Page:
FAIRHAVEN – Fairhaven Wind developer Sumul Shah, under orders from the health board to address concerns of turbine opponents, is weighing options that include cutting operating hours and paying to insulate and air-condition nearby homes.
“Everything is on the table,” said Shah. “We want to make this situation work.”
The Board of Health told Shah Monday night that he has three weeks to come up with a mitigation plan to deal with noise complaints from some residents.
The action came during the same meeting at which the health board decided to call in the Massachusetts Department of Environmental Protection to conduct sound testing on the turbines.
With the clock ticking, Shah said Wednesday: “We’re still brainstorming. We have two and half weeks left to figure it out.”
He said Fairhaven Wind is committed to finding a plan that works for everyone, especially the DEP.
“We’re taking this very seriously,” he said. “According to our sound model, the turbines should not be in violation of the law. If they are, we want to know that and we want to fix that.”
In Massachusetts, a turbine is considered to be in violation if it is 10 decibels louder than the area’s ambient noise.
Stephen Wiehe, a project manager at Weston & Sampson (the owner and engineer of Falmouth’s two turbines), said the April decision by the Cape Cod community to run only one turbine between 7 a.m. and 7 p.m. was inspired by a mitigation plan his company did in December of 2011.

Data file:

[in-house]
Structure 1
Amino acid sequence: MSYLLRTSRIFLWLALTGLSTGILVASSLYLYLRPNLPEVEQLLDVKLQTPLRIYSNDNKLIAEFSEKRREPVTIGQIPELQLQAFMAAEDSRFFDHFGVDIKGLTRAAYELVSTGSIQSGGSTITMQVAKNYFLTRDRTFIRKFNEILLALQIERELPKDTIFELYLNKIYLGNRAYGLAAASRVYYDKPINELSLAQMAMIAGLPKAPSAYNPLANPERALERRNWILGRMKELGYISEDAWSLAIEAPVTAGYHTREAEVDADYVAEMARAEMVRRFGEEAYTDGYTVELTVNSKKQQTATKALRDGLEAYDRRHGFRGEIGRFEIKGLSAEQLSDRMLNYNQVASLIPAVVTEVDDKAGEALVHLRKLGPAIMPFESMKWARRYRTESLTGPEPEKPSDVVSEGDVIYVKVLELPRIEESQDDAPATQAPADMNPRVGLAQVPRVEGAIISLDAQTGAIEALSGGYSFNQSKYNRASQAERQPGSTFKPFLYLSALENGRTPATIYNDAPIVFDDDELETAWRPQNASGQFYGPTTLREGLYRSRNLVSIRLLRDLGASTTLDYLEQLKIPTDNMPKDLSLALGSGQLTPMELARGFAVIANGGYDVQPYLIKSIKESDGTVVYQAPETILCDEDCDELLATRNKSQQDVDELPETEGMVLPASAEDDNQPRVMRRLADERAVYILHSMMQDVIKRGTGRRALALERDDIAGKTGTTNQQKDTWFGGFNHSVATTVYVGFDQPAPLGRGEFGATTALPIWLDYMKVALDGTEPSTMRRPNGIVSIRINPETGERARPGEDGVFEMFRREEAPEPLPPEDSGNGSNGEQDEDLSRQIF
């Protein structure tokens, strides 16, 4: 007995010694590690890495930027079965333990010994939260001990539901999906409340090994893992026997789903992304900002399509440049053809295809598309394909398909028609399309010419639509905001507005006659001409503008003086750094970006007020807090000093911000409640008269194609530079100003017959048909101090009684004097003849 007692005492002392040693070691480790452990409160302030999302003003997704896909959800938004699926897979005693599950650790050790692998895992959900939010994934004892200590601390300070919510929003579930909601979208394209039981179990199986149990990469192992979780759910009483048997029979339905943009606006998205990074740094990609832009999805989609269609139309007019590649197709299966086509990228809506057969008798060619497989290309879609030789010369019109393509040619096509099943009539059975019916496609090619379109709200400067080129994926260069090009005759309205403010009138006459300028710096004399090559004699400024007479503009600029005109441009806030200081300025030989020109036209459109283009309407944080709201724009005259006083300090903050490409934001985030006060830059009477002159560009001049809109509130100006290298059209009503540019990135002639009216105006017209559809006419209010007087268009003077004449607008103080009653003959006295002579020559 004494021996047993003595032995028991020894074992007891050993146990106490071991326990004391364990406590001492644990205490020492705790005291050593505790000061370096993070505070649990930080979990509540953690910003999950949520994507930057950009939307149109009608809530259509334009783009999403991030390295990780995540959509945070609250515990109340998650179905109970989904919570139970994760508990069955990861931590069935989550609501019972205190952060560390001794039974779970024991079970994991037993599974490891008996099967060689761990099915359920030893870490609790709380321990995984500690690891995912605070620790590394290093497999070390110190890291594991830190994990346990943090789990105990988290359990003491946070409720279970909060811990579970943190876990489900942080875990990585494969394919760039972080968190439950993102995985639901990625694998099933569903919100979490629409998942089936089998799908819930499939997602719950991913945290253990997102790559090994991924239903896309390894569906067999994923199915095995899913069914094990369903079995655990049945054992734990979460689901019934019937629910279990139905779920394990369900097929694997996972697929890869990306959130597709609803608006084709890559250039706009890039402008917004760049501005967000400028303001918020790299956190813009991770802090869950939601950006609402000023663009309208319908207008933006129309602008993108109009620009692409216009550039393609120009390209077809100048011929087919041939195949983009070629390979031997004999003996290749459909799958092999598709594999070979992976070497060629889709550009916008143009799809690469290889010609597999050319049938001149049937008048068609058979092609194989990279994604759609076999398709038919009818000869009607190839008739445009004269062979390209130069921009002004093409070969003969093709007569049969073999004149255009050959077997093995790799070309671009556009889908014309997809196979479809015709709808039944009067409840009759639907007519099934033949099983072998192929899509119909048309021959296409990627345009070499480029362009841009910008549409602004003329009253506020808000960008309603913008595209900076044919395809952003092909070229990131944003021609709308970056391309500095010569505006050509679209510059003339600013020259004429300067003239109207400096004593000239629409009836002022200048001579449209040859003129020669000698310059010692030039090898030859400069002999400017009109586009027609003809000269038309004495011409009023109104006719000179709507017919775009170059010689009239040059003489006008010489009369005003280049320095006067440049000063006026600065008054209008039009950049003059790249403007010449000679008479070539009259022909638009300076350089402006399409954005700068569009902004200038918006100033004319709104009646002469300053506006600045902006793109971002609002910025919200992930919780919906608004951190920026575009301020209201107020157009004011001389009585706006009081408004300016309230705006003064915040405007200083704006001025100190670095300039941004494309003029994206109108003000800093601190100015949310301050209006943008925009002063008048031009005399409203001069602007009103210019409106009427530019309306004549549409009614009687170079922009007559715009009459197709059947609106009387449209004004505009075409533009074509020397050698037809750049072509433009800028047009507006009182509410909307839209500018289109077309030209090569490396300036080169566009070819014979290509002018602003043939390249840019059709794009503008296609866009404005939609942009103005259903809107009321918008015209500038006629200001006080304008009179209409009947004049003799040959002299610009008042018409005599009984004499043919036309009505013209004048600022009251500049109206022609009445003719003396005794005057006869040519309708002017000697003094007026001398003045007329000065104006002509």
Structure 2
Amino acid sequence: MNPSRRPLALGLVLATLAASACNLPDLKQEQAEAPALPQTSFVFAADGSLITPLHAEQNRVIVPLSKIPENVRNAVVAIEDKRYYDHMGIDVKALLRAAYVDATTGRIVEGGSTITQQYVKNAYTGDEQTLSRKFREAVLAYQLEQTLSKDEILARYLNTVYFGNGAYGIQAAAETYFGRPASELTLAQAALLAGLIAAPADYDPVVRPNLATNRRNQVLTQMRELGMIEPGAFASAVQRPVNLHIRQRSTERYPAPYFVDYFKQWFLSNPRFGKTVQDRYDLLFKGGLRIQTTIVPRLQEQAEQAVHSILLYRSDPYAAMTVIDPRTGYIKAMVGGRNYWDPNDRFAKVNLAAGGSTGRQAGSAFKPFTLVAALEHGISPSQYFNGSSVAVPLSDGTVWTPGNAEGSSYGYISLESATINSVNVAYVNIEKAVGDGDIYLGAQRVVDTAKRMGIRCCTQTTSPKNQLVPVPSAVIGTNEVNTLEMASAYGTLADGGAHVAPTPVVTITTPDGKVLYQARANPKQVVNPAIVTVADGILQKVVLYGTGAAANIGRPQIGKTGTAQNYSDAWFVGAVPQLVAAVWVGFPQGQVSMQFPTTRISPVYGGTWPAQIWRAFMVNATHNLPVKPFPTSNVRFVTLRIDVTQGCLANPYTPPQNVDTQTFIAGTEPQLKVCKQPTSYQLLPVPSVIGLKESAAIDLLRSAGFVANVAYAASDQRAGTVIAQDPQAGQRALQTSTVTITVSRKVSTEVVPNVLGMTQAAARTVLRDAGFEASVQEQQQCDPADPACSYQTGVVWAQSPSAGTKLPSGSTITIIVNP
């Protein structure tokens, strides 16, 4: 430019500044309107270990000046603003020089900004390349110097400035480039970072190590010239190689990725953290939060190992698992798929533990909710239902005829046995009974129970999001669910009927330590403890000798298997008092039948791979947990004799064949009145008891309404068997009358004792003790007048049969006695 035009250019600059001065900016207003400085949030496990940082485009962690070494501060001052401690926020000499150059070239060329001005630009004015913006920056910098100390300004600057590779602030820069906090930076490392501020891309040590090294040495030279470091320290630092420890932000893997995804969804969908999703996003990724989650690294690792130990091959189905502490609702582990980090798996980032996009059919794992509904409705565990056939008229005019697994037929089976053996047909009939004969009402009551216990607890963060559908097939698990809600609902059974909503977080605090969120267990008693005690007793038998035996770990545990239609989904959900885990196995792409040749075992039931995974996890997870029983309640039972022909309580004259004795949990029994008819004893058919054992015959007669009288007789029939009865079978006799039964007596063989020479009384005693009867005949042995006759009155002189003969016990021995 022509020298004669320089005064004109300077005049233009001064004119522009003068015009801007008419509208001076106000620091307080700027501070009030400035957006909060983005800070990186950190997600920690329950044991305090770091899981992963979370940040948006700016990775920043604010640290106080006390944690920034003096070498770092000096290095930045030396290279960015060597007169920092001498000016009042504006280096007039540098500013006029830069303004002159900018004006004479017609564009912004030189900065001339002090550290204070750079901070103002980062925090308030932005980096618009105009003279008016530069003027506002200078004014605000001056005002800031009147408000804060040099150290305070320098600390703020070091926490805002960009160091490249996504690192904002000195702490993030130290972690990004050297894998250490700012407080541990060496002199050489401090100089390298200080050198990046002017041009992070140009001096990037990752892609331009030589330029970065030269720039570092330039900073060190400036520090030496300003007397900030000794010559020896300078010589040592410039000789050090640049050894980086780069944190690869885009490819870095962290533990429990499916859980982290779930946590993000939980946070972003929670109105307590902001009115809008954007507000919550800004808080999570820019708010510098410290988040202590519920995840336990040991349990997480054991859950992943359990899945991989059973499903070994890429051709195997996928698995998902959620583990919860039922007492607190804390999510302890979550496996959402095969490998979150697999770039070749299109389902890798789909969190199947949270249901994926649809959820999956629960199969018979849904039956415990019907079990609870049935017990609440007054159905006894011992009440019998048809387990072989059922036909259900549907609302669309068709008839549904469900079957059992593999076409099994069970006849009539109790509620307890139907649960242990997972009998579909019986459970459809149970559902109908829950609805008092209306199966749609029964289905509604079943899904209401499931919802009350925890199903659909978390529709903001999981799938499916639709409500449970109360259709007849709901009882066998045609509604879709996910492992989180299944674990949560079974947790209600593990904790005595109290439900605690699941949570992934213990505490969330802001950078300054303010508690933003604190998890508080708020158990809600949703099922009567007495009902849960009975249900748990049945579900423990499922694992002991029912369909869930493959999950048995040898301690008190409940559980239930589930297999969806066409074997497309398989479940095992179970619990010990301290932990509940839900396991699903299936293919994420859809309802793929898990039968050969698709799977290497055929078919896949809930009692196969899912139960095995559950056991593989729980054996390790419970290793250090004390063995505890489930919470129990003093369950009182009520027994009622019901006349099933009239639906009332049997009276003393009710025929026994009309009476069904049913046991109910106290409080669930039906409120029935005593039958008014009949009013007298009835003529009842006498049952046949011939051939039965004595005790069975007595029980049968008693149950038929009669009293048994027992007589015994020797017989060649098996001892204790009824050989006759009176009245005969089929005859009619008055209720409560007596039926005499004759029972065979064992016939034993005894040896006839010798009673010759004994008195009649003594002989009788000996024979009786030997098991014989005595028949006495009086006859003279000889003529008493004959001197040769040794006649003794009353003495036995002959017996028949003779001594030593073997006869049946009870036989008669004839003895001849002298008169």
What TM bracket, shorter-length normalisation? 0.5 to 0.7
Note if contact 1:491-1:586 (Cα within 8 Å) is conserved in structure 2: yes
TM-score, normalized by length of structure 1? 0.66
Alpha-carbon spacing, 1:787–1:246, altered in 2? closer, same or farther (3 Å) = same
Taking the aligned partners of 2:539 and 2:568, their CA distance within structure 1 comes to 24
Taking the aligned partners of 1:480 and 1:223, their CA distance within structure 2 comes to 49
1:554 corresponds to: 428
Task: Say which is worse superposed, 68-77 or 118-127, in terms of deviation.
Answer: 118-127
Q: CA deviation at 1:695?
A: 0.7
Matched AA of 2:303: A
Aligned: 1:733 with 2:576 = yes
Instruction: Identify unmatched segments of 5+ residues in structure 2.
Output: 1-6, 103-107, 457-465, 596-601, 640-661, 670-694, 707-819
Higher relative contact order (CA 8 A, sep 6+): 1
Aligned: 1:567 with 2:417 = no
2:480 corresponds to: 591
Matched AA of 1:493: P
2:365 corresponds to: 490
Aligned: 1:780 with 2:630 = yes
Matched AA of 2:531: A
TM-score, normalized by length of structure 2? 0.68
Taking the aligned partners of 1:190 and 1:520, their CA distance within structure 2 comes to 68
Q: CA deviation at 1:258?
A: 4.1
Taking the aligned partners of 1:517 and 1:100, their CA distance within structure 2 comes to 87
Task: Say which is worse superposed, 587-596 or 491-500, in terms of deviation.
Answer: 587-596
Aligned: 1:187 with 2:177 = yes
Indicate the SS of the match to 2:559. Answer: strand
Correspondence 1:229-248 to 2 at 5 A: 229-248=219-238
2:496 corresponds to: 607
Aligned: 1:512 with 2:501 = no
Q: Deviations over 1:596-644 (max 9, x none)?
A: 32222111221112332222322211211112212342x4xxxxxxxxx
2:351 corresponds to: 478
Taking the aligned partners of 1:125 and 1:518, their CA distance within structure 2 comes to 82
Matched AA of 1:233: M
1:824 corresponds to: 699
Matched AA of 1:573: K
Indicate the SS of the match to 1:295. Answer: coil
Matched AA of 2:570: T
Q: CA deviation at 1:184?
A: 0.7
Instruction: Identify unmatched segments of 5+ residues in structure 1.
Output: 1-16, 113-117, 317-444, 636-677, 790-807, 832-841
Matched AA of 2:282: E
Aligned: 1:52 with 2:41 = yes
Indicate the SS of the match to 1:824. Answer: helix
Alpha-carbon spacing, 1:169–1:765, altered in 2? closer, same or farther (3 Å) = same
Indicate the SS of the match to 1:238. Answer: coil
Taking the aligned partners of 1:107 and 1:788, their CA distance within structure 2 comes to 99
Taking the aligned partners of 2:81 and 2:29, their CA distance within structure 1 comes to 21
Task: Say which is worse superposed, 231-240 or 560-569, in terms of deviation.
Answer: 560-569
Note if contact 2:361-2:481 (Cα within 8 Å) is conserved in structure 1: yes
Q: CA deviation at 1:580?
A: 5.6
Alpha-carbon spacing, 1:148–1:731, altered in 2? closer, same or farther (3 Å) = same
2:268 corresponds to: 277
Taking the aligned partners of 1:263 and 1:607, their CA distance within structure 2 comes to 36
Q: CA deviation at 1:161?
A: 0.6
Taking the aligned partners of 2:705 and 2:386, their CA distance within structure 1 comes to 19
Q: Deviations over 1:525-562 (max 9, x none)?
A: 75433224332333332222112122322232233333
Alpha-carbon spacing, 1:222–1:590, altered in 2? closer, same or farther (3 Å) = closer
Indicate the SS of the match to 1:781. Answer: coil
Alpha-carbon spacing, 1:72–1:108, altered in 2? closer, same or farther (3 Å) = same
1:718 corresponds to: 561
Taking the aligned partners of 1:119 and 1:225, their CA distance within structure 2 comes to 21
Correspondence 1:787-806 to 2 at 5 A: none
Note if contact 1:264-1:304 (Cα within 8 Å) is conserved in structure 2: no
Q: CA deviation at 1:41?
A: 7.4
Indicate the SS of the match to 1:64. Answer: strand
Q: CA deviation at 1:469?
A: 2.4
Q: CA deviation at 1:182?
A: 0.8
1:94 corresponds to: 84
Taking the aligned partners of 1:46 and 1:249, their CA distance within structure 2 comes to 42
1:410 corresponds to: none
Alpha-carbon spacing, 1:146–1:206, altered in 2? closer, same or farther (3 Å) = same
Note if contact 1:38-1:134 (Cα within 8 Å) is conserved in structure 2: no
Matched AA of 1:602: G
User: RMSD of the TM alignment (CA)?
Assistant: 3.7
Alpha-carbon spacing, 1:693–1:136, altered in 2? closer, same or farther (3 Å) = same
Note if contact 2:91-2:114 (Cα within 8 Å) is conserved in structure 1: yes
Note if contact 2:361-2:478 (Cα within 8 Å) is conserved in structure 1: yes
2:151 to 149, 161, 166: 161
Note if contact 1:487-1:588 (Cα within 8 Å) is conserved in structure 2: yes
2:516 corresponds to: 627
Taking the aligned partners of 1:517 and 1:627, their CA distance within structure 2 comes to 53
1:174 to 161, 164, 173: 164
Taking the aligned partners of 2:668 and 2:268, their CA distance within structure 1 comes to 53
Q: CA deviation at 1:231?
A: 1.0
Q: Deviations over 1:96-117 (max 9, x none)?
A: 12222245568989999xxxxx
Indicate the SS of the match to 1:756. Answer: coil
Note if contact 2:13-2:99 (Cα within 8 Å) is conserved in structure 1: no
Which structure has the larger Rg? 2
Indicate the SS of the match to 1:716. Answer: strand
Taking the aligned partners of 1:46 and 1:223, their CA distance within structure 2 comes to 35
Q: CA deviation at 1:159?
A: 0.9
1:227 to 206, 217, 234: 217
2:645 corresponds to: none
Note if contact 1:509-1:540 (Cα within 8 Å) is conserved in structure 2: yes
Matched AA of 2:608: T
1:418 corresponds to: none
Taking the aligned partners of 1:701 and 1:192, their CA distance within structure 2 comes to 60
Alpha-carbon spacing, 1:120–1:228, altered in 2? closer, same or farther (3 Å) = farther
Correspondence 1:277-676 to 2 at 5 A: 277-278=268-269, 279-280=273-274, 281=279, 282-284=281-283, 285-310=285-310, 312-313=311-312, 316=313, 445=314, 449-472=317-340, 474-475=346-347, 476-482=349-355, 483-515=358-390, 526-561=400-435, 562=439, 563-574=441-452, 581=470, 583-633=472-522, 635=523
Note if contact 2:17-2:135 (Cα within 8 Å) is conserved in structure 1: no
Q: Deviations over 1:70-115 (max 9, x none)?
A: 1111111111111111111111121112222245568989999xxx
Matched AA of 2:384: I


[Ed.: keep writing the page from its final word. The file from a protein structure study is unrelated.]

Research for that plan suggested that if both turbines ran between midnight and 3 a.m., they could be in violation.
“If you turn off just one turbine in those quietest nighttime hours, you’d be fine. Then once the wind picks up to 8 meters per second, it would be loud enough to mask the sound of the second turbine,” Wiehe said.
The town ultimately decided on a “longer window” to keep the turbine off in order to facilitate study of the turbines, Wiehe said.
“My hunch is that once they complete all the testing, they’ll be able to narrow that window back down,” he said.
Officials have previously cautioned against drawing direct comparisons between Fairhaven and Falmouth, citing the different types of turbines in each town.
The blade speed of Fairhaven’s pitch-regulated turbines can be controlled remotely by rotating the angle at which the blades cut the wind. In Falmouth, the stall-regulated turbines’ rotor is shaped so that as wind speed increases, it automatically hits the blades differently.
Stall-regulated turbines are widely regarded to be louder than those that are pitch-regulated, but Wiehe said the difference is only a few decibels and “is not going to make a huge difference if you’re sensitive to turbines.”
Wiehe said Falmouth also considered paying to insulate houses abutting the turbines but that limiting the turbines’ hours of operation was a better solution.
“At some point, if you are compensating landowners, it’s less about the annoyance and becomes ‘What’s in it for me?'” he said.
Money was a factor in creating the Falmouth mitigation plan. According to the plan, the town would lose up to $77,000 in revenue annually from shutting down one turbine between midnight and 3 a.m.
The plan also calculated that shutting off one turbine when wind speeds exceeded 10 meters per second would cost the town an additional $500,000 annually in revenue.
“Not everyone’s going to be happy with wind if it’s in their backyard,” Wiehe said, explaining the balancing act involved in creating a mitigation plan that aims to please abutters without compromising too much financially.
“The main thing to think about is that if you keep a turbine off when it’s windy, what’s the point?” he said.
|Wind Watch relies entirely
on User Funding